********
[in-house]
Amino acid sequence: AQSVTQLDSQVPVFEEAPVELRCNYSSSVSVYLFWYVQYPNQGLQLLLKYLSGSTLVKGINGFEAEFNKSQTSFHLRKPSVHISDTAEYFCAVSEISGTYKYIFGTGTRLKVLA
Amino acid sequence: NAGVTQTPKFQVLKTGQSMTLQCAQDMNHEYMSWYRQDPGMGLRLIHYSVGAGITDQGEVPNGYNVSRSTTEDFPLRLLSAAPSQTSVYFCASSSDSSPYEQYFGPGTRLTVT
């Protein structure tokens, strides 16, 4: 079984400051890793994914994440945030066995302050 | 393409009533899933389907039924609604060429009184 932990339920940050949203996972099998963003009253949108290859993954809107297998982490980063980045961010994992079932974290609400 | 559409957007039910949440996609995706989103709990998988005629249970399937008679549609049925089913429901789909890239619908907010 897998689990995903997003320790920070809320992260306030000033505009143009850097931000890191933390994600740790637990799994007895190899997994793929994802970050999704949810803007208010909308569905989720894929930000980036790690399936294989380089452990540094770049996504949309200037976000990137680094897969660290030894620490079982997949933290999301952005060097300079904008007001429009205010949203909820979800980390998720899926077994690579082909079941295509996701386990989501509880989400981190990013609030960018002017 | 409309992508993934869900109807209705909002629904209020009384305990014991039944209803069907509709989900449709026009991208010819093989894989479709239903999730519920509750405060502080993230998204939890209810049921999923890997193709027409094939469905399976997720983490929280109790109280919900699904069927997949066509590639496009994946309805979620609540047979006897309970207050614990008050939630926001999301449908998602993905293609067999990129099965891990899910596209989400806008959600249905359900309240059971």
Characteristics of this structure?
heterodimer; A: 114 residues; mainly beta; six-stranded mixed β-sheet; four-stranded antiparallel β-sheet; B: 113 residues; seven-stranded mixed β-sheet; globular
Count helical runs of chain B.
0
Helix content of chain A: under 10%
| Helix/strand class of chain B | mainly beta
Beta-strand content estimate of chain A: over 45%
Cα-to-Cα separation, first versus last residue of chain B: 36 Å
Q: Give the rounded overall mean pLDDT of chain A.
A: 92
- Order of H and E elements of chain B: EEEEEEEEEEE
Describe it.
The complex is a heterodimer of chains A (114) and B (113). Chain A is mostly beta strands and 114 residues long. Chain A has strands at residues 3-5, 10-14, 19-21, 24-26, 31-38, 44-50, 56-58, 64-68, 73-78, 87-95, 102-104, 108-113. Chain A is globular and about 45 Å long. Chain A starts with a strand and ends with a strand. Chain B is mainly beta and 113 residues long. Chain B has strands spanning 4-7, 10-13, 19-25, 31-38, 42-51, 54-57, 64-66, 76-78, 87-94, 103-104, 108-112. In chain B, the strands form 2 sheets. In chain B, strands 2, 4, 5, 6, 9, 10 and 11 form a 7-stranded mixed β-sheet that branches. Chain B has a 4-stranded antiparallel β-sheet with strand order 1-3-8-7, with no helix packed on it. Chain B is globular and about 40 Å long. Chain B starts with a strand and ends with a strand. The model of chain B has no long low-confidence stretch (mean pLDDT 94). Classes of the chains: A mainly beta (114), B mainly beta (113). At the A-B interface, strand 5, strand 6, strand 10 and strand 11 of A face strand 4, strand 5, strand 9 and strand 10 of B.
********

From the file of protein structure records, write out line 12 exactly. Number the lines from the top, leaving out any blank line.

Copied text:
Cα-to-Cα separation, first versus last residue of chain B: 36 Å